KwaMashu commuters must wait another year to catch the next train

Thembalihle railway station allowed to go to ruin

By Nokulunga Majola

10 September 2021

dPhoto of a train station entrance covered in broken glass

Thembalihle railway station in KwaMashu has not been operational for a year. The floor is strewn with broken glasses and rubbish. Photo: Nokulunga Majola

Broken windows, broken glass strewn across the floor, the platform roof stripped, the grounds littered with rubbish and overgrown by grass – this is the condition of Thembalihle station on the KwaMashu line, north of Durban.

It has been closed for almost a year now due to vandalism and cable theft. KwaMashu terminus, further down the line, is also closed.

The Passenger Rail Agency of South Africa (PRASA) has not started to repair the line, but the KwaMashu line has been prioritised for this financial year. A tender for restoring Thembalihle station closed in December 2020, but it’s unclear if it was awarded to anyone. PRASA told Parliament this week that the line will reopen, depending on supply and delivery of rails, at the end of August 2022.

KwaZulu-Natal PRASA spokesperson Zama Nomnganga says the agency has increased security to prevent further damage to the station.

“We also have engaged with the community to assist with the crime and information as part of community involvement, and we have partnered with the police jointly,” said Nomnganga.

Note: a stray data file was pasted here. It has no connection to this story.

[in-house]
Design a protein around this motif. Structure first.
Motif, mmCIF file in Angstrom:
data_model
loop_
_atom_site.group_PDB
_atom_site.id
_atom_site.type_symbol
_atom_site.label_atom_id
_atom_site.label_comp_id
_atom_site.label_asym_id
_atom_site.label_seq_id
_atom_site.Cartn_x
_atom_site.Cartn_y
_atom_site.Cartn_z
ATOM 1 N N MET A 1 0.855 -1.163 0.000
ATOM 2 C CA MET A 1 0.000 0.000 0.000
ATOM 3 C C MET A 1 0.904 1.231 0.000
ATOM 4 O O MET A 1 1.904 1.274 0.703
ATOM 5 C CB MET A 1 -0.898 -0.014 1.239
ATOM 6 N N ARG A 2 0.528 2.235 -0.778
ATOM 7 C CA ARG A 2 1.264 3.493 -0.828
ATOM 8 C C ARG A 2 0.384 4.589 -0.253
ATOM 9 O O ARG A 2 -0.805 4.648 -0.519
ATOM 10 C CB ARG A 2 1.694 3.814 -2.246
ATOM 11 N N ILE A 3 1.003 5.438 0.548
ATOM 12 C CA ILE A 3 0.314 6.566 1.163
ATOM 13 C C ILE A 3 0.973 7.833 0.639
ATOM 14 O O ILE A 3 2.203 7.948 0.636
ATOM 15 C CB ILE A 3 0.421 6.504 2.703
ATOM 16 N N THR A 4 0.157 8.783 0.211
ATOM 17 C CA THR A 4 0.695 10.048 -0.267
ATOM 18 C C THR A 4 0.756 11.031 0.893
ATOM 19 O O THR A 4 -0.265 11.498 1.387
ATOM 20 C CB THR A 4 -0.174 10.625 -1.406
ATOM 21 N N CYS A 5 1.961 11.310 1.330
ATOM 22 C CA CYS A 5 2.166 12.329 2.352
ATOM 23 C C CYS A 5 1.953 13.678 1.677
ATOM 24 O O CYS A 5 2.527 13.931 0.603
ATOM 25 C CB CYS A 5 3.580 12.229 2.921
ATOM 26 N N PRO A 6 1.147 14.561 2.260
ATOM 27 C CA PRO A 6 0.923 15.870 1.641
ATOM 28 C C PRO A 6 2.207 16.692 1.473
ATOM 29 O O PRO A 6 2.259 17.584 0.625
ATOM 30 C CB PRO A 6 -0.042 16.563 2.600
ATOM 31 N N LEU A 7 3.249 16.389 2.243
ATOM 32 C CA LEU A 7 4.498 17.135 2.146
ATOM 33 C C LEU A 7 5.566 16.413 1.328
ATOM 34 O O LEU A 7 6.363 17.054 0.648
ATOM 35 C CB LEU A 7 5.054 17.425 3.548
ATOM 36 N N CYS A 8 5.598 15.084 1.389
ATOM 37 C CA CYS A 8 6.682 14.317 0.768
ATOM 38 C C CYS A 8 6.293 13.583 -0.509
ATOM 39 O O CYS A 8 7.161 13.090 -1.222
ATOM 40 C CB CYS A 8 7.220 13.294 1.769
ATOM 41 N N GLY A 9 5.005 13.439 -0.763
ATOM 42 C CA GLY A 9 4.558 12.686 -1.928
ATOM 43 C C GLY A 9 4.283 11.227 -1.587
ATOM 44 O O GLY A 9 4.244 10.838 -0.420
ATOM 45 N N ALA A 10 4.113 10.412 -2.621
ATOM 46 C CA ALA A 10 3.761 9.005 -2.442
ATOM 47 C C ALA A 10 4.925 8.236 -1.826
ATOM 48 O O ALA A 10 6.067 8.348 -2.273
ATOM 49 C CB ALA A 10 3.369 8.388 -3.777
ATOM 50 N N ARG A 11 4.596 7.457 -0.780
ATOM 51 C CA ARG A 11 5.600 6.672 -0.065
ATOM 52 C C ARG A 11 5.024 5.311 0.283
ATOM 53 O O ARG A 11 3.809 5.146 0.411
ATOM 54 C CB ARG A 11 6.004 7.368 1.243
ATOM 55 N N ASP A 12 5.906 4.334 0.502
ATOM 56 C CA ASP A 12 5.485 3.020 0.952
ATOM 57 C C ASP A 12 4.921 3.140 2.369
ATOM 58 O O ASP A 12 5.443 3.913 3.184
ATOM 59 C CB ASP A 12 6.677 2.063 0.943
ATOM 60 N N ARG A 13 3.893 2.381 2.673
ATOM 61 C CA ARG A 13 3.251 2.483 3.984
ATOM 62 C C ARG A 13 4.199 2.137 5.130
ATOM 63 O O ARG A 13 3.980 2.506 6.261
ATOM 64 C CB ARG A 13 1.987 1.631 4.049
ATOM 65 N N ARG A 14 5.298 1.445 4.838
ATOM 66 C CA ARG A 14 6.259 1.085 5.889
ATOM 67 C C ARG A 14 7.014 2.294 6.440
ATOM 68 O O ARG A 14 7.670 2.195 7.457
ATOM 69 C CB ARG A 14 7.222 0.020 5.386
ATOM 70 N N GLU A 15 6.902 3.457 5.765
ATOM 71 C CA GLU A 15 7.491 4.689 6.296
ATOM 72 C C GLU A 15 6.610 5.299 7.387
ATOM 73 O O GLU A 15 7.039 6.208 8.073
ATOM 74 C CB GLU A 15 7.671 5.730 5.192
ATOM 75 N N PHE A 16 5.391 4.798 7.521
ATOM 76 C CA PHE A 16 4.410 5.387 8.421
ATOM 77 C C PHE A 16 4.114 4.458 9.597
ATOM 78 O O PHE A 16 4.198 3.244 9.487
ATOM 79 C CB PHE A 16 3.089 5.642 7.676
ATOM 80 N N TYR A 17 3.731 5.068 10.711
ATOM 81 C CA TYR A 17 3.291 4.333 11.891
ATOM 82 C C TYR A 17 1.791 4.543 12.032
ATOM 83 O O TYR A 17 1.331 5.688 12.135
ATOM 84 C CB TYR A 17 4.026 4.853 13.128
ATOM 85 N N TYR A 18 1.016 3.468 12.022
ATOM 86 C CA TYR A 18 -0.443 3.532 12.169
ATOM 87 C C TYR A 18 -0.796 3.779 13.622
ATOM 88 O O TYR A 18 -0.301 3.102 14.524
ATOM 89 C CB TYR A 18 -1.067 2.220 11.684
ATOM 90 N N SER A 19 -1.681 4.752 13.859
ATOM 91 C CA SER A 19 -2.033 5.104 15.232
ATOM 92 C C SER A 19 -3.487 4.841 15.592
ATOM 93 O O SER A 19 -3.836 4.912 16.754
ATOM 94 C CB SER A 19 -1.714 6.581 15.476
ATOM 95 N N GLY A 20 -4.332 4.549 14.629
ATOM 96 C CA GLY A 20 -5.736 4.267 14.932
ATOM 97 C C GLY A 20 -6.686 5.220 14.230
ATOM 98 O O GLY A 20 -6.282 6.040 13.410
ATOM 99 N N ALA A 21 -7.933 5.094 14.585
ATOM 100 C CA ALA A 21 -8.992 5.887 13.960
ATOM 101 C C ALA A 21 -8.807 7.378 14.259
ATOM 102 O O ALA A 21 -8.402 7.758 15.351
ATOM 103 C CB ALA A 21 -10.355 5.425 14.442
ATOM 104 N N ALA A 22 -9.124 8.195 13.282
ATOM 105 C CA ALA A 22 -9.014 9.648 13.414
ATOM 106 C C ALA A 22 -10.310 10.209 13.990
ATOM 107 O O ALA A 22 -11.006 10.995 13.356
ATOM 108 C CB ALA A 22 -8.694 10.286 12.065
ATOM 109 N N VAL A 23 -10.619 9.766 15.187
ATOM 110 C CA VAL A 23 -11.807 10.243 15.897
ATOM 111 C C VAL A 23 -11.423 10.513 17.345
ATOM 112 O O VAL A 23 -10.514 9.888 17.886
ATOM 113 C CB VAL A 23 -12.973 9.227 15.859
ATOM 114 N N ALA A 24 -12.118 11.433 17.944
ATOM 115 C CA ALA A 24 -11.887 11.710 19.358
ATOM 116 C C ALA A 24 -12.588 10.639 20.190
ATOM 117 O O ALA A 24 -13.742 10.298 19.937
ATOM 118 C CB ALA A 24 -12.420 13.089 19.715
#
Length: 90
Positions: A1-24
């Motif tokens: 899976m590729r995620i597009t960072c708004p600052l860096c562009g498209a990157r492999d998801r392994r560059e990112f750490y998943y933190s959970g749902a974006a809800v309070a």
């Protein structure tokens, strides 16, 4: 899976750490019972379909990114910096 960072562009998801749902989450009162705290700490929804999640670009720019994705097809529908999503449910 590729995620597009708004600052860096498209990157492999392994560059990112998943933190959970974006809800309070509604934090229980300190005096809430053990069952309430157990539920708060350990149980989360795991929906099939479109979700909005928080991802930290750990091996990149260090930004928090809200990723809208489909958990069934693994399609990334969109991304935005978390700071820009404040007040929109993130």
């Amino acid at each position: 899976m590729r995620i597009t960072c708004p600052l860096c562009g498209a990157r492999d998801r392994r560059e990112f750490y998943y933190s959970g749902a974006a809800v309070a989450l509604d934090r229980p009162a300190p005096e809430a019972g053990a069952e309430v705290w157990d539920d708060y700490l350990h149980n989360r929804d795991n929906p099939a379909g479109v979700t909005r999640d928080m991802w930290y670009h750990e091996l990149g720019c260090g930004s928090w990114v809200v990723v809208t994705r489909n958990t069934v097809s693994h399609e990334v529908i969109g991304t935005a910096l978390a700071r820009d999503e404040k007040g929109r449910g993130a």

“PRASA has invited interested companies to bid for the construction of the station,” he said.

The July unrest made things worse for train commuters north of Durban as Bridge City Station in KwaMashu was closed because the Bridge City Mall was looted. The station is underneath the shopping centre and important for people in Inanda, Ntuzuma, KwaMashu and Phoenix.

“The money I spent on a train ticket was far less than the money I spend now,” says Lungisani Mzobe, who lives at KwaMashu Hostel and has a job as a security guard.

“There is nothing I’m working for because all the money is for transport and food. I only realised now how important the train is as a mode of transport because now I am forced to use taxis and it is costing me a lot of money,” he said.

“I now sleep at work,” said Sbongeleni Mtolo, who fixes trucks. He finishes late and can’t find taxis on some evenings. “I end up requesting Uber which also costs a lot. I decided to sleep at work to cut costs. Travelling by train was very helpful. Now that the station has closed, a lot of people are struggling.”

Traders at the stations and on the trains have also been hard hit by the closures on the KwaMashu line. Sandile Mnisi, who sells cellphone pouches, handbags and earrings, said business has been bad.

And while transport is costing commuters more, PRASA is losing ticket income.

PRASA did not reply to our questions as to how much income was lost, when the stations would reopen, the cost of fixing Thembalihle station and the KwaMashu line, or whether a contractor has been awarded the tender.